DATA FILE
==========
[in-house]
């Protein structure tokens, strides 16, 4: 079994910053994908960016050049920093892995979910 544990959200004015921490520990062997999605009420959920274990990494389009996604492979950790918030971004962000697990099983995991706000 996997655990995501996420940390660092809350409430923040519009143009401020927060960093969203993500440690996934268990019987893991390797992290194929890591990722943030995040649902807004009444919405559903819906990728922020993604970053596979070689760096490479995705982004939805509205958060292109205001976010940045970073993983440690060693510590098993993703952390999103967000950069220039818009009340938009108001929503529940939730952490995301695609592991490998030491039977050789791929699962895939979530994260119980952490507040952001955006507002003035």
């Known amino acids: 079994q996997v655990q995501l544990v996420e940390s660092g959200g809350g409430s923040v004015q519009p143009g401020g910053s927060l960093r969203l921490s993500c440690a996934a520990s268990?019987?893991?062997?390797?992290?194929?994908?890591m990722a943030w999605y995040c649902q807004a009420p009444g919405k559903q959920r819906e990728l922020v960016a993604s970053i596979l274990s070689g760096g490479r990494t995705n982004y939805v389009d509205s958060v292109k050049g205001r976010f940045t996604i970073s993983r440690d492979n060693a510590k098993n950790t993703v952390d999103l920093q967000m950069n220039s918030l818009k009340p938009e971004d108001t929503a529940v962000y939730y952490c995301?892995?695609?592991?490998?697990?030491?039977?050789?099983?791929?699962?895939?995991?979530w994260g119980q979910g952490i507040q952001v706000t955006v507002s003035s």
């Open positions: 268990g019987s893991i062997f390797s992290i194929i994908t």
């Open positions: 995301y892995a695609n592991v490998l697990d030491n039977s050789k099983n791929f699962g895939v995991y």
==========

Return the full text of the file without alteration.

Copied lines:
[in-house]
């Protein structure tokens, strides 16, 4: 079994910053994908960016050049920093892995979910 544990959200004015921490520990062997999605009420959920274990990494389009996604492979950790918030971004962000697990099983995991706000 996997655990995501996420940390660092809350409430923040519009143009401020927060960093969203993500440690996934268990019987893991390797992290194929890591990722943030995040649902807004009444919405559903819906990728922020993604970053596979070689760096490479995705982004939805509205958060292109205001976010940045970073993983440690060693510590098993993703952390999103967000950069220039818009009340938009108001929503529940939730952490995301695609592991490998030491039977050789791929699962895939979530994260119980952490507040952001955006507002003035």
């Known amino acids: 079994q996997v655990q995501l544990v996420e940390s660092g959200g809350g409430s923040v004015q519009p143009g401020g910053s927060l960093r969203l921490s993500c440690a996934a520990s268990?019987?893991?062997?390797?992290?194929?994908?890591m990722a943030w999605y995040c649902q807004a009420p009444g919405k559903q959920r819906e990728l922020v960016a993604s970053i596979l274990s070689g760096g490479r990494t995705n982004y939805v389009d509205s958060v292109k050049g205001r976010f940045t996604i970073s993983r440690d492979n060693a510590k098993n950790t993703v952390d999103l920093q967000m950069n220039s918030l818009k009340p938009e971004d108001t929503a529940v962000y939730y952490c995301?892995?695609?592991?490998?697990?030491?039977?050789?099983?791929?699962?895939?995991?979530w994260g119980q979910g952490i507040q952001v706000t955006v507002s003035s």
């Open positions: 268990g019987s893991i062997f390797s992290i194929i994908t």
């Open positions: 995301y892995a695609n592991v490998l697990d030491n039977s050789k099983n791929f699962g895939v995991y």